By Georgina Cruz
June 4, 2010
Cozumel, the island that the Mayans considered their Eden from where they believed they came to populate the continent, like bees from a hive, is located near Mexico's Yucatan Peninsula. It's tiny, approximately 10 miles wide and 30 miles long-but like the Eden it was for the ancient Mayans, it is a paradise for today's travelers and cruise passengers.
According to Mayan legend, the goddess of love and fertility, Ixchel, resided in Cozumel and the island was a pilgrimage site. When residents built temples in her honor, the goddess sent them, the legend goes, her favorite bird, the swallow, and the Mayans named the island Cozumel, which in their language meant "the land of the swallows."
There are a number of archeological ruins on Cozumel including an archeological park in the north of the island, the sanctuary of Ixchel in San Gervasio, and El Cedral in the south--the latter the oldest Mayan structure on the island dating from the year 800. Other points of interest include the town of San Miguel, with its pretty main plaza; the Benito Juarez Park, that is ideal for strolling, buying souvenirs, and enjoying music on Sundays; the Museum of the Island of Cozumel with exhibits about the island including its reefs; Discover Mexico Park, with scale models of Mexico's pyramids, monuments and modern structures; and the lighthouse Faro Celerain that offers panoramic views of Cozumel and has an ecological reserve where visitors can see mangroves and other examples of the native flora as well as fauna.
A popular shore excursion sold onboard ships is to the ecological reserve, the park and lagoon, Chankanaab. Chankanaab means "Small Sea" in the Mayan language, a reference to the park's lagoon, fed by an ocean current that transforms it into a natural aquarium with some 60 types of marine creatures.
In Chankanaab's botanical gardens visitors can see 350 different types of tropical plants from more than 20 nations. The Zona Maya, another of Chankanaab's attractions, is a modern reproduction of an ancient Mayan village that allows visitors to learn about the construction and agricultural methods of the Mayans. Other attractions are aquatic adventures including Snuba, Sea Trek and Dolphin Discovery--the latter offering an opportunity to get to know these fascinating marine creatures up-close. Chankanaab has changing rooms and four dive shops.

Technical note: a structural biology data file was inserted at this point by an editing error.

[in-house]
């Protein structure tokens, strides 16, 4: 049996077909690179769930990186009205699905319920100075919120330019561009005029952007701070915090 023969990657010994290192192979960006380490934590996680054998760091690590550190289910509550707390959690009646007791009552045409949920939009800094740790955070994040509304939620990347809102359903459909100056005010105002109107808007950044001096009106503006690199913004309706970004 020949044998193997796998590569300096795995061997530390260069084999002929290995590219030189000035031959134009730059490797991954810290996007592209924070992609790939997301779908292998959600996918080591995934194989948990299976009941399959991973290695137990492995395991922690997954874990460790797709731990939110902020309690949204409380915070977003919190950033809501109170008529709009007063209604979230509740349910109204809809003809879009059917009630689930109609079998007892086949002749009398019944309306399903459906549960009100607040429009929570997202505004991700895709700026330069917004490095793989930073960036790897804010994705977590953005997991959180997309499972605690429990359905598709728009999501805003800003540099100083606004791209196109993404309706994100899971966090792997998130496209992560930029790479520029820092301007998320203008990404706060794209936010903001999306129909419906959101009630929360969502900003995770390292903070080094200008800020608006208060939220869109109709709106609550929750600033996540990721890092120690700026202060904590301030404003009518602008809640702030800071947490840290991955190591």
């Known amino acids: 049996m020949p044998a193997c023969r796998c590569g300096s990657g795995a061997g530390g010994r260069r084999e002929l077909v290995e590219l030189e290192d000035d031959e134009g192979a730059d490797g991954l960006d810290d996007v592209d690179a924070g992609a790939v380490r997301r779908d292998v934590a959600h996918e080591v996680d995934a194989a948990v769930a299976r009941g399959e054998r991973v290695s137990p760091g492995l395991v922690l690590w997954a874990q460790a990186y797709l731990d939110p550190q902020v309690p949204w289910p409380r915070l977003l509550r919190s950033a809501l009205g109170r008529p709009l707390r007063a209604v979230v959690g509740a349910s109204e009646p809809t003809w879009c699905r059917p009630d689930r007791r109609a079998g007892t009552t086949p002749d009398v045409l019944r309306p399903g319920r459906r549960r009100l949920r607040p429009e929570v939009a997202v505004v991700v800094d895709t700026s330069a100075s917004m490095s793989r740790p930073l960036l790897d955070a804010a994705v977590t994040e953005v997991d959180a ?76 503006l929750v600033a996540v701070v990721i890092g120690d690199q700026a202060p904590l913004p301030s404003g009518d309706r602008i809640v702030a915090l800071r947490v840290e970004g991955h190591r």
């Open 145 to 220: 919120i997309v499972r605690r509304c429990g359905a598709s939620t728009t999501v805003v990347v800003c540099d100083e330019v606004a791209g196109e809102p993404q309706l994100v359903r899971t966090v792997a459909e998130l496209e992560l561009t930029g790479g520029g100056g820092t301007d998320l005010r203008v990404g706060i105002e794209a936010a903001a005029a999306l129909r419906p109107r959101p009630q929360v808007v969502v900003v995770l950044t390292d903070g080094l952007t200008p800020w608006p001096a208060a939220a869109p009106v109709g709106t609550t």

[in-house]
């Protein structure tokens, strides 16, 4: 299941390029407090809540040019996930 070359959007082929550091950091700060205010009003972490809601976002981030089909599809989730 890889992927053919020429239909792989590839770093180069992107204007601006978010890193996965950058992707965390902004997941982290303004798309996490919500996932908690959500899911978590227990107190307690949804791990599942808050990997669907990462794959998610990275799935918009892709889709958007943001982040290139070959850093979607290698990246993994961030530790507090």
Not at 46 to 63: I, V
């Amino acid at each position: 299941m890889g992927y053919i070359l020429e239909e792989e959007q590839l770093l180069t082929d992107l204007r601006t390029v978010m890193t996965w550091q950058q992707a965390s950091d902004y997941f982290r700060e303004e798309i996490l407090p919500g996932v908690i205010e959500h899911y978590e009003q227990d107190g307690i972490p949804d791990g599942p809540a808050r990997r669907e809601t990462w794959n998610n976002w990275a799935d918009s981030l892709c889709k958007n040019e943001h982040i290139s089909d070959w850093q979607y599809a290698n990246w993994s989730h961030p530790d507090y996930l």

Beaches are, naturally, one of the main attractions of Cozumel, which is known world-wide as an ideal site for diving due to the clarity of its waters. A very popular beach is San Francisco on Cozumel's west coast--with fine sand and placid waters. Others on the west coast include Playa Mía, Palancar and Paradise. On the east coast, there is a mixture of sandy and rocky beaches including Punta Morena, Punta Chiquero, Playa Bonita and Chen Río. These beaches generally have wave action and currents and are often less frequented than those on the west coast.
Other pastimes include golf on an 18-hole championship course designed by Jack Nicklaus, tennis, horseback riding, hiking and tours by jeep and other vehicles. Cozumel is also a paradise for shoppers--with duty-free prices on merchandise including gold and silver jewelry, imported watches, fashions, perfumes and local crafts.
For a lunch while in port, Cozumel has more than 90 restaurants and cafes that serve varied cuisines including Mexican, Italian, Mediterranean, Caribbean and others.
Among the lines offering cruises to Cozumel are Carnival, Celebrity, Costa, Disney, Holland America, MSC, Norwegian, Princess, Regent Seven Seas and Royal Caribbean.
IF YOU GO: Visit www.islacozumel.com.mx
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